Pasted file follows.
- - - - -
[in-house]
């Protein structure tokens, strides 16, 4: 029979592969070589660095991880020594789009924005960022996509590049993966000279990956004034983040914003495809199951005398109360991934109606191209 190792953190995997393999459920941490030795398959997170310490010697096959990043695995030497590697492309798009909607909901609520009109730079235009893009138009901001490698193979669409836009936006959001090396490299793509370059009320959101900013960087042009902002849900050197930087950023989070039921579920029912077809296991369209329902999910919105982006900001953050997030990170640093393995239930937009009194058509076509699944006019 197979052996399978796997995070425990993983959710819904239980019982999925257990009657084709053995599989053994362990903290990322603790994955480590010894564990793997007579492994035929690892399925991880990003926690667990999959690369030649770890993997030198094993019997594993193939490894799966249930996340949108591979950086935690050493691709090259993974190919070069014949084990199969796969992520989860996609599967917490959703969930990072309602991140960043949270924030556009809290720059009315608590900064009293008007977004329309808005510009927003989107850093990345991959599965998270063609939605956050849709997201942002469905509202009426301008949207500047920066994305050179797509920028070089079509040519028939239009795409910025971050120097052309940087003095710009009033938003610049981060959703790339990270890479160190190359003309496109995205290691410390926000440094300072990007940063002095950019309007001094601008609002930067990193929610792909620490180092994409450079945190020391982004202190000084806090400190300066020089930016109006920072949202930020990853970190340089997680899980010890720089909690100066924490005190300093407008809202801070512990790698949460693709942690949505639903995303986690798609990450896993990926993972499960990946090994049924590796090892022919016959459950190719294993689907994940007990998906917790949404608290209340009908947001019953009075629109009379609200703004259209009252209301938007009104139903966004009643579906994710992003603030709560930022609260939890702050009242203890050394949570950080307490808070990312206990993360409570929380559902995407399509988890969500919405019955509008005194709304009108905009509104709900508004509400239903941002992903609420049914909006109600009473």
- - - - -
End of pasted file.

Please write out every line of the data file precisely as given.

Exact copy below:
[in-house]
């Protein structure tokens, strides 16, 4: 029979592969070589660095991880020594789009924005960022996509590049993966000279990956004034983040914003495809199951005398109360991934109606191209 190792953190995997393999459920941490030795398959997170310490010697096959990043695995030497590697492309798009909607909901609520009109730079235009893009138009901001490698193979669409836009936006959001090396490299793509370059009320959101900013960087042009902002849900050197930087950023989070039921579920029912077809296991369209329902999910919105982006900001953050997030990170640093393995239930937009009194058509076509699944006019 197979052996399978796997995070425990993983959710819904239980019982999925257990009657084709053995599989053994362990903290990322603790994955480590010894564990793997007579492994035929690892399925991880990003926690667990999959690369030649770890993997030198094993019997594993193939490894799966249930996340949108591979950086935690050493691709090259993974190919070069014949084990199969796969992520989860996609599967917490959703969930990072309602991140960043949270924030556009809290720059009315608590900064009293008007977004329309808005510009927003989107850093990345991959599965998270063609939605956050849709997201942002469905509202009426301008949207500047920066994305050179797509920028070089079509040519028939239009795409910025971050120097052309940087003095710009009033938003610049981060959703790339990270890479160190190359003309496109995205290691410390926000440094300072990007940063002095950019309007001094601008609002930067990193929610792909620490180092994409450079945190020391982004202190000084806090400190300066020089930016109006920072949202930020990853970190340089997680899980010890720089909690100066924490005190300093407008809202801070512990790698949460693709942690949505639903995303986690798609990450896993990926993972499960990946090994049924590796090892022919016959459950190719294993689907994940007990998906917790949404608290209340009908947001019953009075629109009379609200703004259209009252209301938007009104139903966004009643579906994710992003603030709560930022609260939890702050009242203890050394949570950080307490808070990312206990993360409570929380559902995407399509988890969500919405019955509008005194709304009108905009509104709900508004509400239903941002992903609420049914909006109600009473």